o The bun-maker with your long hair, plus braid ideas as above.
    o Tie your hair in multiple small ponytails and pin to your head, then wear a turban.
    o A simple style as in some in the first link below. #1 and #5 are basically ringlets in a ponytail, then loosely pinned around the ponytail.
    o I could also manage #6 of the first link below. It would probably end up as a pointy bun like Olive Oyl, which I have seen in some Regency photos.

Online Regency Hair Tutorials:
Seven styles, some harder than others. Please consider putting curls around your face, even if the style you’ve chosen doesn’t have it in the tutorial. You don’t need as many as the first example.

Video; again, make ringlets around the face.

More difficult, and for long hair with no bangs, made with long ringlets. This would be better if they had done a photo or two for each step.

A video for a complicated but beautiful long hairdo.

~

Henrietta Fane (c.1785–1856), Countess de Salis--F. Van Donne

Henrietta Fane (c.1785–1856), Countess de Salis–F. Van Donne

The Accessories

Your hair can be dressed up with accessories regardless of whether you’re using them to hide pins or fake bangs. Fillets, bandeaus, ribbons, combs, flowers, and feathers are the simpler ones, and tiaras, diadems, and jewels were the upscale effects for the best ballrooms!hair decor and sleevetumblr_na3t53ZkSc1s5i6ido4_1280 As you see in the variety of images in this post, they are optional.

~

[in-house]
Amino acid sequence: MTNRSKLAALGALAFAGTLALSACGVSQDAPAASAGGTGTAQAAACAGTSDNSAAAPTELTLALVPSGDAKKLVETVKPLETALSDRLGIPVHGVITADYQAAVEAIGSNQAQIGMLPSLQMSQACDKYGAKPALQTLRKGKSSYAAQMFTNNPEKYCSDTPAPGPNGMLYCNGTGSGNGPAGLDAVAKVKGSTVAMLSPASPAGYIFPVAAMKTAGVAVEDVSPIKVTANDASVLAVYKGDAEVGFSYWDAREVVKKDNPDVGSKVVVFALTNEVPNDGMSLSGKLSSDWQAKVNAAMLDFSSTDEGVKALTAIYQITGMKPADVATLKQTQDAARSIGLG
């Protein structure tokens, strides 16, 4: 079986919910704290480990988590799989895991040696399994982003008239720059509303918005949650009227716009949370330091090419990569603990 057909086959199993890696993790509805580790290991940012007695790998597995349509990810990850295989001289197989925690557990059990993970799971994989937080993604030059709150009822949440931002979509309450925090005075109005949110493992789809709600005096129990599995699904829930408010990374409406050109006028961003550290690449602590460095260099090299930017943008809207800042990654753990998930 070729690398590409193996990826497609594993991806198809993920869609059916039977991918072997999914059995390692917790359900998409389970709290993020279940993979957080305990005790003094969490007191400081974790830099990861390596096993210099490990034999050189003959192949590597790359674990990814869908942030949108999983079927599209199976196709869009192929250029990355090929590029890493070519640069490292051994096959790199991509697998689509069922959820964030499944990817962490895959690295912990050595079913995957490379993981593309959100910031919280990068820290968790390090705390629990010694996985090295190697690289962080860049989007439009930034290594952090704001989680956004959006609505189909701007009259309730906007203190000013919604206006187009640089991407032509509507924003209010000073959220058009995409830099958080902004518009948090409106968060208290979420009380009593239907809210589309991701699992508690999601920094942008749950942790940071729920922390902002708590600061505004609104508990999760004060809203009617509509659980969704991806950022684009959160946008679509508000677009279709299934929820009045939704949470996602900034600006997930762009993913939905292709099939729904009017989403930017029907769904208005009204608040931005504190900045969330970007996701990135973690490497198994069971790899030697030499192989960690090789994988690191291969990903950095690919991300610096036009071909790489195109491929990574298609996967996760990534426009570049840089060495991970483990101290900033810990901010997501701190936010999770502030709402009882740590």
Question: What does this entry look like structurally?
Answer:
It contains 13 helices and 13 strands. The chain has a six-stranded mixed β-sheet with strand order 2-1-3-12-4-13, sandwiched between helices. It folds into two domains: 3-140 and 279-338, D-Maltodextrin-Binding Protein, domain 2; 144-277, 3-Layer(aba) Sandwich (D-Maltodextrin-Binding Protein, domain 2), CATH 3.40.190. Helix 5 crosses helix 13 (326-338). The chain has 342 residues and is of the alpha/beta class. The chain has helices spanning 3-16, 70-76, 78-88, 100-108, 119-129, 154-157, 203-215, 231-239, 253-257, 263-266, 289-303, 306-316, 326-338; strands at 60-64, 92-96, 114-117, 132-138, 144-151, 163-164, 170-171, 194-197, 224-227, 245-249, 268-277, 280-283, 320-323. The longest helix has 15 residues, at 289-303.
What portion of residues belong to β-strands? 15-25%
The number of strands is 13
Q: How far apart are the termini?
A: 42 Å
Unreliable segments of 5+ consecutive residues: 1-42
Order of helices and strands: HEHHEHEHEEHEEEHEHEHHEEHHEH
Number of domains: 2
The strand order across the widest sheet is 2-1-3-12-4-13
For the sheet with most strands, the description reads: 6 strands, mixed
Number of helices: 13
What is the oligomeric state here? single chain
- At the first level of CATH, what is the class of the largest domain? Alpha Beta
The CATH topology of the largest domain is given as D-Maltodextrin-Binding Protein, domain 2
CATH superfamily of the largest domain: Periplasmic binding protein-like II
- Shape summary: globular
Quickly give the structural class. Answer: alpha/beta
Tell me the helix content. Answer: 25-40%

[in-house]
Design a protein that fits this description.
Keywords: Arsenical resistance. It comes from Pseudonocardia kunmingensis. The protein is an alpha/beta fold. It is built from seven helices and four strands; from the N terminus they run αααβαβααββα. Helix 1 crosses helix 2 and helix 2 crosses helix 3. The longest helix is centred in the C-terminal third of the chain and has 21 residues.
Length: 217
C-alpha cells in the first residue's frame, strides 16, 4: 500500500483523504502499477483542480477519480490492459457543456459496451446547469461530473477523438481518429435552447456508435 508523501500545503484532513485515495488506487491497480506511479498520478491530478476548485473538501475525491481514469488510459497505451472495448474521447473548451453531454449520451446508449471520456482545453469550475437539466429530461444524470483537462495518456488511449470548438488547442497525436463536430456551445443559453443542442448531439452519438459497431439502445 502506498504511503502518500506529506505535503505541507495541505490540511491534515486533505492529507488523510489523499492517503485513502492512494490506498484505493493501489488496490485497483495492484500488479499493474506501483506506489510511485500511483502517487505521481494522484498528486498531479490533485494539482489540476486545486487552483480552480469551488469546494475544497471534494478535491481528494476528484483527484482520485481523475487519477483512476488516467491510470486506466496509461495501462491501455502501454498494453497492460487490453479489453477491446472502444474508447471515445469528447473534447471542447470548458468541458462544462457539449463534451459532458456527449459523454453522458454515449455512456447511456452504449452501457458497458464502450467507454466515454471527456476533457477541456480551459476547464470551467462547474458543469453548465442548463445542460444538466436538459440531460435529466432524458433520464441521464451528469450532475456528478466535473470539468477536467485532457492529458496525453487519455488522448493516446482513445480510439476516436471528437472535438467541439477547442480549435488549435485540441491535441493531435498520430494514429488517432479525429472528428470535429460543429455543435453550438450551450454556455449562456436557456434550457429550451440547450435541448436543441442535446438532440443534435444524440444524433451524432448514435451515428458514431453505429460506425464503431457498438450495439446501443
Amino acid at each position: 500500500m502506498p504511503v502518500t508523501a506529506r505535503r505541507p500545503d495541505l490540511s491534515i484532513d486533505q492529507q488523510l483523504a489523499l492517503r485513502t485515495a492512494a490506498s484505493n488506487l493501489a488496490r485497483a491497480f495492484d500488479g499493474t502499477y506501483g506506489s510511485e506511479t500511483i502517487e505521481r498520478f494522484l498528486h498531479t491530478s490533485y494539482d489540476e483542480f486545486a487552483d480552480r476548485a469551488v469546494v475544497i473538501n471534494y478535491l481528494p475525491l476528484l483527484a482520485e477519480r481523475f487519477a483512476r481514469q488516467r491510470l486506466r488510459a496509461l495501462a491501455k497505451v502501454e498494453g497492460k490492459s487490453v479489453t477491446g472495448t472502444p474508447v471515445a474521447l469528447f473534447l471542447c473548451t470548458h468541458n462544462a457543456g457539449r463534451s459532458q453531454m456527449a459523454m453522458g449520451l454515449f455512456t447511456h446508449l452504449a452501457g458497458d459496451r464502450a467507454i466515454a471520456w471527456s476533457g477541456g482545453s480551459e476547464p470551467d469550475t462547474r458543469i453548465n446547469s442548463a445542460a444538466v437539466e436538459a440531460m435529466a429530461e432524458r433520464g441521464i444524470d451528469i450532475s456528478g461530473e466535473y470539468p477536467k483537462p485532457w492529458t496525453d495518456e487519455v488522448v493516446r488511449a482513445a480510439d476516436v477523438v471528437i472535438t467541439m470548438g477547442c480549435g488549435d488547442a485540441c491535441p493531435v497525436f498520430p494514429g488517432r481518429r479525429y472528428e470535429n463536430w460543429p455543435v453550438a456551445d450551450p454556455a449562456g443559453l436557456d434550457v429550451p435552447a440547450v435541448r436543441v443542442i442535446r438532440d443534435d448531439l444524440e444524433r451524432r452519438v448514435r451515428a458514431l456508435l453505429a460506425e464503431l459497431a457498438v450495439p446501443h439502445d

Here are more style ideas and just plain beautiful artwork. Also note the ideas for gowns in all the images! (Click on the thumbnails for larger images.)

Les Trois Graces--Alexandre Jean Dubois Drahonet

Les Trois Graces–Alexandre Jean Dubois Drahonet

Singing to the Reverend--Edmund Blair Leighton

Singing to the Reverend–Edmund Blair Leighton

 

 

~

With luck and good timing, I’ll be able to register for the JASNA AGM in Louisville, Kentucky on October 8-11, 2015; the previous AGM sold out quickly. The theme is “Living in Jane Austen’s World,” and I’m excited about the seminars about her times. That’s where I’ll be wearing the items I’ve collected and re-purposed for this blog.

I’ve had no expert advice during this “Experiment.” “The Boss of Food” from my local JASNA, who’s sewn many a Regency outfit, expressed an interest; I’m sure she would have saved me some mistakes.

Instead, I learned all I know on my own from Regency and other historical web pages, images of real period clothing from museums, and artwork from the time. I felt it made the challenge “real” and helped me communicate through the eyes of a newbie to costuming. Had I not made the mistakes and owned to them, this would not be the blog series it is!

But now, I’m keen to attend some costuming seminars at the AGM. I want to see the Regency clothing construction “up close and in person” for the first time!